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of the Index threaten his work with interdiction? Since he had been officiously advised to go to Rome if he desired to defend himself, he had been turning this question ever in his mind without being able to discover which of his pages were attacked. To him indeed they all seemed to glow with the purest Christianity. However, he had arrived quivering with enthusiasm and courage: he was all eagerness to kneel before the Pope, and place himself under his august protection, assuring him that he had not written a line without taking inspiration from his ideas, without desiring the triumph of his policy. Was it possible that condemnation should be passed on a book in which he imagined in all sincerity that he had exalted Leo XIII by striving to help him in his work of Christian reunion and universal peace?

For a moment longer Pierre remained standing before the parapet. He had been there for nearly an hour, unable to drink in enough of the grandeur of Rome, which, given all the unknown things she hid from him, he would have liked to possess at once. Oh! to seize hold of her, know her, ascertain at once the true word which he had come to seek from her! This again, like Lourdes, was an experiment, but a graver one, a decisive one, whence he would emerge either strengthened or overcome for evermore. He no longer sought the simple, perfect faith of the little child, but the superior faith of the intellectual man, raising himself above rites and symbols, working for the greatest happiness of humanity as based on its need of certainty. His temples throbbed responsive to his heart. What would be the answer of Rome?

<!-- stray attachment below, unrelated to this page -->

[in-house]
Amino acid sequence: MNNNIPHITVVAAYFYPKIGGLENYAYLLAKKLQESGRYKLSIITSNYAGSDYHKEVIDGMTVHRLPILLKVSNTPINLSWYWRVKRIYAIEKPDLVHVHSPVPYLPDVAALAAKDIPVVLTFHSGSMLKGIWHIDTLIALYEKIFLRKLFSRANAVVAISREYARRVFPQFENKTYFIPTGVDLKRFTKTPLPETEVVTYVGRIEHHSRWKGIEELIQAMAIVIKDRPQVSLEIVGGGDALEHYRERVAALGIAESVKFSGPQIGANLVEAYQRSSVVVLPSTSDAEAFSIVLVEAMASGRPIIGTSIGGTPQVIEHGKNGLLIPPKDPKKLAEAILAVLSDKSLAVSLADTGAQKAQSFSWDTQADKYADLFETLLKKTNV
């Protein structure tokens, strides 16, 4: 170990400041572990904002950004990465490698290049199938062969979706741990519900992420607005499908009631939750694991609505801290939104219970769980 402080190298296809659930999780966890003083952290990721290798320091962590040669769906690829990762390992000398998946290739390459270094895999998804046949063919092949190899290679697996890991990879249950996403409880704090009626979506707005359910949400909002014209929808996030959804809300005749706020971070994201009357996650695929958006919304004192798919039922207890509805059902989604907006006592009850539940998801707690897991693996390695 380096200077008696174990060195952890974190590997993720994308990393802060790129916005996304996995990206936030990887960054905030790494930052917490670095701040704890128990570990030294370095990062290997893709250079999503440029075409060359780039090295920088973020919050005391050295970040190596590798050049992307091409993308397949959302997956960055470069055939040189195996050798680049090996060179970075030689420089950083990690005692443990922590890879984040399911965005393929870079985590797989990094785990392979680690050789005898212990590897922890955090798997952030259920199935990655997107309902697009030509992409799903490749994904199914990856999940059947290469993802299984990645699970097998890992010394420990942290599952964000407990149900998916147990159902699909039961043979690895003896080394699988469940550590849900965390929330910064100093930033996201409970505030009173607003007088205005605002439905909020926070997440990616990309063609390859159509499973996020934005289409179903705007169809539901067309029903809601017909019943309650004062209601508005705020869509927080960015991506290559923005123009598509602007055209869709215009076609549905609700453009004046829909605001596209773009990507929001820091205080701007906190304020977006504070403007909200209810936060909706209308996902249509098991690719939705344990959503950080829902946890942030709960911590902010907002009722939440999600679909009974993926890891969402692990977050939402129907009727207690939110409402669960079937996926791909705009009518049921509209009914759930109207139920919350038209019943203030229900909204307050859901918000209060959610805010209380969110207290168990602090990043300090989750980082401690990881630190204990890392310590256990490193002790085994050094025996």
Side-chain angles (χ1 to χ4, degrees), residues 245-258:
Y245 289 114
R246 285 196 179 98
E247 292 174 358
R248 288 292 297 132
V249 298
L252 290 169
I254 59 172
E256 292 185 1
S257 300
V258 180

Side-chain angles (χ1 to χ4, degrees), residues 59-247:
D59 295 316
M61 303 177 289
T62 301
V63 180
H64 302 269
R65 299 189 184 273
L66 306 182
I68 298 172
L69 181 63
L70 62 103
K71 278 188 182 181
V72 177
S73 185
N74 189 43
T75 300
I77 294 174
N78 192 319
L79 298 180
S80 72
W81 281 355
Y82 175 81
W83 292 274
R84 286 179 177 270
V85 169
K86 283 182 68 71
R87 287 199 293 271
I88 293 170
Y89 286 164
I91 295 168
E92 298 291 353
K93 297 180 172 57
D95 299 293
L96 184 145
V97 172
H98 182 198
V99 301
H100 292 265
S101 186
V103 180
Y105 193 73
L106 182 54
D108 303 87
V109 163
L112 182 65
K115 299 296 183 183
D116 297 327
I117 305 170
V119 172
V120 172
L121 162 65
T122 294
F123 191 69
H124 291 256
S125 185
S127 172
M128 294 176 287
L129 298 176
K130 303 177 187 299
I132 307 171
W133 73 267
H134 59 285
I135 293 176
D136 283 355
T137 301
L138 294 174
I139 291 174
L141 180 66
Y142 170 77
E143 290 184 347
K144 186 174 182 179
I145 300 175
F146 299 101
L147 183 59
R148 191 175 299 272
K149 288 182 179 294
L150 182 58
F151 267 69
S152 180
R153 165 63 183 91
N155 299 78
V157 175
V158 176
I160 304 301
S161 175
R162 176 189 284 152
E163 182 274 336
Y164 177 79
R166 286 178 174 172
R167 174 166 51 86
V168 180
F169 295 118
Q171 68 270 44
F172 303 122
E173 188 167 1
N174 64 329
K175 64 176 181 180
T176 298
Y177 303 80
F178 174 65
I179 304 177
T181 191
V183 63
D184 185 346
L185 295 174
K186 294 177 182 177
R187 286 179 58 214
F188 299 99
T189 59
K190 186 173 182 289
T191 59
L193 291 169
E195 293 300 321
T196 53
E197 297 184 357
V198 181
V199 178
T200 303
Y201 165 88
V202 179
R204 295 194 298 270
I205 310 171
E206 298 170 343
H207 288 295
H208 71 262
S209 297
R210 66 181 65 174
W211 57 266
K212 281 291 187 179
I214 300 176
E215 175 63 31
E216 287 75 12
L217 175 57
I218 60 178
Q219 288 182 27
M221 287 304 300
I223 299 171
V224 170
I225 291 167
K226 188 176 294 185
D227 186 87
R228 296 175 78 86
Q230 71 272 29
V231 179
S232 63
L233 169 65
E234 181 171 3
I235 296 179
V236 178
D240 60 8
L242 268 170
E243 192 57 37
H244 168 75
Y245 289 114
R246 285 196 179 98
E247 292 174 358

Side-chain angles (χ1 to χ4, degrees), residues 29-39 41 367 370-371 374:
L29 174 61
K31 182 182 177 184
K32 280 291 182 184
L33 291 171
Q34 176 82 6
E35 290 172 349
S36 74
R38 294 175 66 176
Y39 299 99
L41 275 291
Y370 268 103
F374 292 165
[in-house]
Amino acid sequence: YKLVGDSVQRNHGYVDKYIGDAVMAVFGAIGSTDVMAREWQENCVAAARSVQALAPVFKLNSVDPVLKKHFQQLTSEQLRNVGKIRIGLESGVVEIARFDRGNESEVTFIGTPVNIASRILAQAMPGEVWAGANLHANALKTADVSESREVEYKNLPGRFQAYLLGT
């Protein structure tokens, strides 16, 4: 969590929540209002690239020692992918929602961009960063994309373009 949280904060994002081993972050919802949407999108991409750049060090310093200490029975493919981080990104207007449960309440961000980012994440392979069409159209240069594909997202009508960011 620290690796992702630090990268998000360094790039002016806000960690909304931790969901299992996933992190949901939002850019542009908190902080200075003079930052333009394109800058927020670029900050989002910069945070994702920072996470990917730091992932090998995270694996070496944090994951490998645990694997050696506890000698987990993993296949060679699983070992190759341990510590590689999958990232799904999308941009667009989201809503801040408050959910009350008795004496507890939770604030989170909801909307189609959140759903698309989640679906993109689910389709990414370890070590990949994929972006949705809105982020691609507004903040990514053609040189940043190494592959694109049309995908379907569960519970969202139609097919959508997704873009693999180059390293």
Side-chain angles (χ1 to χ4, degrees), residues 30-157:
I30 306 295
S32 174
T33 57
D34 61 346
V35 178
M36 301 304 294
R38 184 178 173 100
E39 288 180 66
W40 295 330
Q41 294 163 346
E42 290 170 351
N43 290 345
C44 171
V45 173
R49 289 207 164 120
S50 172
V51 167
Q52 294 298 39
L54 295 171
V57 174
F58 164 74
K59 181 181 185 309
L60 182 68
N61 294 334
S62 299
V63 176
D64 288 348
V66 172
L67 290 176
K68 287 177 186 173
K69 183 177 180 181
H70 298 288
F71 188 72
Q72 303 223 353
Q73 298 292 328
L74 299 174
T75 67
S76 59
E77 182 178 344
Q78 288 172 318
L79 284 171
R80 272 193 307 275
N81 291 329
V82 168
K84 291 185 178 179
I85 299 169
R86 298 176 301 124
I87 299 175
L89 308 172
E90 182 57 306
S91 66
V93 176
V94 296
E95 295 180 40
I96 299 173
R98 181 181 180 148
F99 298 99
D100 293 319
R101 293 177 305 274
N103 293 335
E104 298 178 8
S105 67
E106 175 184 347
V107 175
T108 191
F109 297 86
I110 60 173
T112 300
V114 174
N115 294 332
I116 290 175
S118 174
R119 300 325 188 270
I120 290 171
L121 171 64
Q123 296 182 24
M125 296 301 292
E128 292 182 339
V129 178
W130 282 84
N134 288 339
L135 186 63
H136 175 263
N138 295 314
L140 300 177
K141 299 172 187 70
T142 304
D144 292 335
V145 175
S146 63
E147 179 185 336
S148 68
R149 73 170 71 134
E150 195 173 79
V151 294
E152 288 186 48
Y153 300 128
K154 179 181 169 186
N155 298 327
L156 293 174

The sunlight had increased and the higher districts now stood out more vigorously against the fiery background. Far away the hills became gilded and empurpled, whilst the nearer house-fronts grew very distinct and bright with their thousands of windows. sharply outlined. However, some morning haze still hovered around; light veils seemed to rise from the lower streets, blurring the summits for a moment, and then evaporating in the ardent heavens where all was blue. For a moment Pierre fancied that the Palatine had vanished, for he could scarcely see the dark fringe of cypresses; it was as though the dust of its ruins concealed the hill. But the Quirinal was even more obscured; the royal palace seemed to have faded away in a fog, so paltry did it look with its low flat front, so vague in the distance that he no longer distinguished it; whereas above the trees on his left the dome of St. Peter's had grown yet larger in the limpid gold of the sunshine, and appeared to occupy the whole sky and dominate the whole city!

Ah! the Rome of that first meeting, the Rome of early morning, whose new districts he had not even noticed in the burning fever of his arrival with what boundless hopes did she not inspirit him, this Rome which he believed he should find alive, such indeed as he had dreamed! And whilst he stood there in his thin black cassock, thus gazing on her that lovely day, what a shout of coming redemption seemed to arise from her house-roofs, what a promise of universal peace seemed to issue from that sacred soil, twice already Queen of the world! It was the third Rome, it was New Rome whose maternal love was travelling